Analysis of Polymers Through Direct Detect Spectroscopy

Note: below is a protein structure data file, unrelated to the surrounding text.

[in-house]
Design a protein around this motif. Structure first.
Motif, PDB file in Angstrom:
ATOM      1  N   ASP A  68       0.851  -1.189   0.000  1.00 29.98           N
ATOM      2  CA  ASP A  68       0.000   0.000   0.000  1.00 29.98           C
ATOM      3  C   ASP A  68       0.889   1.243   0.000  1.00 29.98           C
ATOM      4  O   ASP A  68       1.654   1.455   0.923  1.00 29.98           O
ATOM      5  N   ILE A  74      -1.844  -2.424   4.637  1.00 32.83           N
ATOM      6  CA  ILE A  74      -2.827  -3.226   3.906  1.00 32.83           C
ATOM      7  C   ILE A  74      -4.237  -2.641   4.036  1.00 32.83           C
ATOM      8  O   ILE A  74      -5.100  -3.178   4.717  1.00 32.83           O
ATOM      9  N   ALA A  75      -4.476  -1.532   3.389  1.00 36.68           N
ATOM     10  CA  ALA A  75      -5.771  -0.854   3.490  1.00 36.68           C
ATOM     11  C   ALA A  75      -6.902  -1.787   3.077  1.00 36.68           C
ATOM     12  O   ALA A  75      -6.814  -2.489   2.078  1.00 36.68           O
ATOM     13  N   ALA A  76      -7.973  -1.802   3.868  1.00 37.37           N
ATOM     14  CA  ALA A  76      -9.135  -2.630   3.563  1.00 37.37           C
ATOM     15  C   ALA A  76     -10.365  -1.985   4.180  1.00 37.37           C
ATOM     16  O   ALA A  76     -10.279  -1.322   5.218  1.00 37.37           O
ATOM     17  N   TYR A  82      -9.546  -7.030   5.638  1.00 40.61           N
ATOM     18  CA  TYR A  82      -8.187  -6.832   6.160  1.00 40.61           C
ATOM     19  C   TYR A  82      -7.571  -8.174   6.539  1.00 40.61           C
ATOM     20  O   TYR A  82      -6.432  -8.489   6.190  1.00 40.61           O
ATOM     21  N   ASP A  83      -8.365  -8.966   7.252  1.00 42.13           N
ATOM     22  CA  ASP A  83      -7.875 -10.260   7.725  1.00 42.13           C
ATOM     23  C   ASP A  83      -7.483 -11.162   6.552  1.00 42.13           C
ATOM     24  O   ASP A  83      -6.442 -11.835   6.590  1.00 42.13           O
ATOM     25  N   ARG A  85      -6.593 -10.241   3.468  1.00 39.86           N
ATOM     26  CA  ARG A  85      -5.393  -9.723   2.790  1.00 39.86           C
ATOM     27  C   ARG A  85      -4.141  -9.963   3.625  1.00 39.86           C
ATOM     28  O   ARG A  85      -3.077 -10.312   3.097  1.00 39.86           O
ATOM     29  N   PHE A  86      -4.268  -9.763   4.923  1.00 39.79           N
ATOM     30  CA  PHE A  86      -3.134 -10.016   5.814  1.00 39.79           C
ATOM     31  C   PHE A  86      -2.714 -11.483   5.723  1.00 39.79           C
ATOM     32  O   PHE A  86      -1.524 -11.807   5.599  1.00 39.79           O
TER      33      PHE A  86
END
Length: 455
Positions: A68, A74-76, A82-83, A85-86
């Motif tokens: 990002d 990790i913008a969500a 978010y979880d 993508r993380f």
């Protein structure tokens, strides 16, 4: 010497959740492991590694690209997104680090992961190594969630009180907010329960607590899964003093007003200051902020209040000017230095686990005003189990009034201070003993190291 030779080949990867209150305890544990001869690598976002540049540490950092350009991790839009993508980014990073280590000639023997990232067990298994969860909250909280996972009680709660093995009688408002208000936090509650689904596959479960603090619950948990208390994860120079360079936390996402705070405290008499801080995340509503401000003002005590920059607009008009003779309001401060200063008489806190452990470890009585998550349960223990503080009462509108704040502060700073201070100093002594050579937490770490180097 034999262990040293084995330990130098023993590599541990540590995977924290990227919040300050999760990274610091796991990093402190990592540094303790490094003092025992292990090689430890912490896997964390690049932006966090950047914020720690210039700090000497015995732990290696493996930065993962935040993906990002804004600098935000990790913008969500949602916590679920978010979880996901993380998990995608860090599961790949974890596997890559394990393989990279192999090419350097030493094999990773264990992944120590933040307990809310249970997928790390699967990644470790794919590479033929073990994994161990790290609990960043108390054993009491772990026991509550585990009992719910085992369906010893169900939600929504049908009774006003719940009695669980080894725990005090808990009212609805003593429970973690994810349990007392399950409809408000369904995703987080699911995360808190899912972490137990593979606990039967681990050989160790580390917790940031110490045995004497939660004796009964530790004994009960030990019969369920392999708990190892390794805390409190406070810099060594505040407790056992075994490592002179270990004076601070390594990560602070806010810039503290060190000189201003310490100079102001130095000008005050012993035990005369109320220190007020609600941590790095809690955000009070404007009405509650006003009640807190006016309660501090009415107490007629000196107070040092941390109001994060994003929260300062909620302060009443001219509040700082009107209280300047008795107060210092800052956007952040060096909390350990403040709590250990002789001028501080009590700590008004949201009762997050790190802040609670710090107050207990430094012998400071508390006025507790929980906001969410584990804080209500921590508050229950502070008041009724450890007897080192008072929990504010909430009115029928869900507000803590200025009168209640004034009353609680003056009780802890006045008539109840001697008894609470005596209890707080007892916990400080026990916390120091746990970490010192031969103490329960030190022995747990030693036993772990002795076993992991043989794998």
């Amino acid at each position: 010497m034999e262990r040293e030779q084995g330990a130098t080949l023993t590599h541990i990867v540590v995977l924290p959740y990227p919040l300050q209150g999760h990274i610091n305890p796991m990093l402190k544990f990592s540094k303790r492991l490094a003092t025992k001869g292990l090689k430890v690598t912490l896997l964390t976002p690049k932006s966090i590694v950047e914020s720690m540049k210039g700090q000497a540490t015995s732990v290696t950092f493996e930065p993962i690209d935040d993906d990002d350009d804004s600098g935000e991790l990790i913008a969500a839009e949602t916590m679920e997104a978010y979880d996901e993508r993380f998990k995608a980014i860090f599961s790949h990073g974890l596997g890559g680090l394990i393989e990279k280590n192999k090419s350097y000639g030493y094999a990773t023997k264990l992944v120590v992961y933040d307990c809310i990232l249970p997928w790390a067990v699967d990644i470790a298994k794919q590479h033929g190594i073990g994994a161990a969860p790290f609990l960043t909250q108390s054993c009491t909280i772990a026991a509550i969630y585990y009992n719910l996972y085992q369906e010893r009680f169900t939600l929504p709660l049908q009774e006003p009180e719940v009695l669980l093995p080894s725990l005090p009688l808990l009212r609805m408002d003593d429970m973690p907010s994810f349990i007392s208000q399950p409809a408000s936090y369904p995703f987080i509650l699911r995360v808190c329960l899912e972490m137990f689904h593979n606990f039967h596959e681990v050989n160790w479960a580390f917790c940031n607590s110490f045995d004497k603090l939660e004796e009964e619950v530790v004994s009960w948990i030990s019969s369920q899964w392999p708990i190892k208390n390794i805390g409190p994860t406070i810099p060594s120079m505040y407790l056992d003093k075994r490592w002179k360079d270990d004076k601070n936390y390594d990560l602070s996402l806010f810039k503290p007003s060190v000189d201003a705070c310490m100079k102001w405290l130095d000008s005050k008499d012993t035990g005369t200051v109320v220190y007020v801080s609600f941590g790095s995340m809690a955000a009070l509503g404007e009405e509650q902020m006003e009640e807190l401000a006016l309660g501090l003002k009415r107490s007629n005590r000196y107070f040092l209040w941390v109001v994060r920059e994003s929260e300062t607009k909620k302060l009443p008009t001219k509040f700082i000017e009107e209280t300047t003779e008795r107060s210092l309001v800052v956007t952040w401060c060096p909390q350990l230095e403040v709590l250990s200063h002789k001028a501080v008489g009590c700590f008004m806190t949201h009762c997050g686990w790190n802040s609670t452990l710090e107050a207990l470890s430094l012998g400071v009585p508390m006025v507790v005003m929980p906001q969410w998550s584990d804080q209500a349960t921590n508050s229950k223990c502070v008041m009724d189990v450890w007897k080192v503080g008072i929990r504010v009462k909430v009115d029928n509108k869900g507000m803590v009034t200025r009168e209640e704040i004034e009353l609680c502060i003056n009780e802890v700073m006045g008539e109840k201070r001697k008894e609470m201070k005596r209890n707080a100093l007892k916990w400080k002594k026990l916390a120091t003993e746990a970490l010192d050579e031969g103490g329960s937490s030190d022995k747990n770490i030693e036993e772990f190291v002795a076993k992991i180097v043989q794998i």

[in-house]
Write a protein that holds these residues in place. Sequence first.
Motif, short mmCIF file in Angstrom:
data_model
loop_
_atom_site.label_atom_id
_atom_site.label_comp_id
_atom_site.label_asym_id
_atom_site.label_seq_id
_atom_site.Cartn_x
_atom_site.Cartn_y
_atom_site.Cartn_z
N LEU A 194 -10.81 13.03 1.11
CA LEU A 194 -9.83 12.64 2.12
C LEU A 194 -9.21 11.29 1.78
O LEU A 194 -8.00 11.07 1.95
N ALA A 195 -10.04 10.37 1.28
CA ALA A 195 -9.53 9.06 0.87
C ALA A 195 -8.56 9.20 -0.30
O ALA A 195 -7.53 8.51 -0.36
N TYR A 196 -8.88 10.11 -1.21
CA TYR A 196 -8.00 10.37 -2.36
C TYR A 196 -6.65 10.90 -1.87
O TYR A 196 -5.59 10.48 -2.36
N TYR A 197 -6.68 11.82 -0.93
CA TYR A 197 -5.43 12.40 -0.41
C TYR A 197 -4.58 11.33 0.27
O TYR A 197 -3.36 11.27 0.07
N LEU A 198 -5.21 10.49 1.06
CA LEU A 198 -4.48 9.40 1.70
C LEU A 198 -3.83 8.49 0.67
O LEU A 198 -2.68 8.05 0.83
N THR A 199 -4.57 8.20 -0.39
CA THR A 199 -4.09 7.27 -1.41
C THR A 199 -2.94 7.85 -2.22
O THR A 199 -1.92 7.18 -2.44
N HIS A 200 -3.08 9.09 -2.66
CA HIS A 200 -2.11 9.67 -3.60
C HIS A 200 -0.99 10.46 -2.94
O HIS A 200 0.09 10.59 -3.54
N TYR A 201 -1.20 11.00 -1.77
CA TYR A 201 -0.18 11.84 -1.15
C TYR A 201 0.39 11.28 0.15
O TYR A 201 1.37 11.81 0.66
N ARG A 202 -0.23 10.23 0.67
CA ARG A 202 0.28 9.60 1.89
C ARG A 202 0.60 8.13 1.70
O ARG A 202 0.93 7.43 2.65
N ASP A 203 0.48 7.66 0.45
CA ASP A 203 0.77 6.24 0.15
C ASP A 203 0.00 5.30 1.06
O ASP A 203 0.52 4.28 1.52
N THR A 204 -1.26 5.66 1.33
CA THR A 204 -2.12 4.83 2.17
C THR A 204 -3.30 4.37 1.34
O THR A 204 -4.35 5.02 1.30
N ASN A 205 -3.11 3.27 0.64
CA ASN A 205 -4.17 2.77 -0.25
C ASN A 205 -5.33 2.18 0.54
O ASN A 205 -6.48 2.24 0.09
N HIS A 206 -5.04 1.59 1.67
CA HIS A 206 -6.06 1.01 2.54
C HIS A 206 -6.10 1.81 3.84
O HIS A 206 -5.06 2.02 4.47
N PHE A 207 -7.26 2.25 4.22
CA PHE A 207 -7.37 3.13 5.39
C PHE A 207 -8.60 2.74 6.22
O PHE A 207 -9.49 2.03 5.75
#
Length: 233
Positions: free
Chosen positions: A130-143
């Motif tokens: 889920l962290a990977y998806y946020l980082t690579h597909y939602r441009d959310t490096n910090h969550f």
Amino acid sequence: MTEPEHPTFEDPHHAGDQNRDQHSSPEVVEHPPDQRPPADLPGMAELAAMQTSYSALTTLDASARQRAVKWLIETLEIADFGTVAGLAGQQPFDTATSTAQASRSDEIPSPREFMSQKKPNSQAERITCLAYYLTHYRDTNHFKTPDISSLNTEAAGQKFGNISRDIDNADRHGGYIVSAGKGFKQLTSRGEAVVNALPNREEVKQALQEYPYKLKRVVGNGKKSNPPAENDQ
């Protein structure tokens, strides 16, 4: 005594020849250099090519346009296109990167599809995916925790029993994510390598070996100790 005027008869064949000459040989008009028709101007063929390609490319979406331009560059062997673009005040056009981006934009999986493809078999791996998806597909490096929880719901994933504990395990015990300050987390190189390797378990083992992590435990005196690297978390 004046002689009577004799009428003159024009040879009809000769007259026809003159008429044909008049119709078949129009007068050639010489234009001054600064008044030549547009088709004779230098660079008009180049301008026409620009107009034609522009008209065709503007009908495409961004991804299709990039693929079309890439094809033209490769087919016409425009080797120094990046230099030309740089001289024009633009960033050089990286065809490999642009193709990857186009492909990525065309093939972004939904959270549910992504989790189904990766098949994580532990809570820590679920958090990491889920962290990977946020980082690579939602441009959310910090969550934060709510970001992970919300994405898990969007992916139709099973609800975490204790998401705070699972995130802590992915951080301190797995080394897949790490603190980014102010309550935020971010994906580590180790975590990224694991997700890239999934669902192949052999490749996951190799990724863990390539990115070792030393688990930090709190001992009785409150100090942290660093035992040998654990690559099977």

Analysis of polymer composition, structure, and functionality is key for the development of the next generation (bio)materials. Although characterization of polymer functionality and structure can be achieved using existing techniques, such as nuclear magnetic resonance (NMR), the development of new rapid and simple methods are desirable for high throughput applications. In this project, polymers comprised of various functional monomers were synthesized by reversible addition-fragmentation chain transfer polymerization (RAFT) and characterized using standard analytical techniques such as NMR and size exclusion chromatography. The monomers used were N,N-dimethylacrylamide, oligo(ethylene glycol)methyl ether acrylate, and N-isopropylacrylamide. We then applied a novel infrared based tool to characterize the library of polymers. The DirectDetect Spectrometer allows for quantitative analysis of amide bonds in solution and could therefore be used to determine polymer concentration. The DirectDetect Spectrometer is very beneficial and a useful instrument in the field of protein chemistry, and this project shows that with appropriate calibration, rapid screenings of synthetic polymers are allowed. This technique is expected to be useful for high throughput formations of synthetic polymers, and analysis of unknown polymer solutions.
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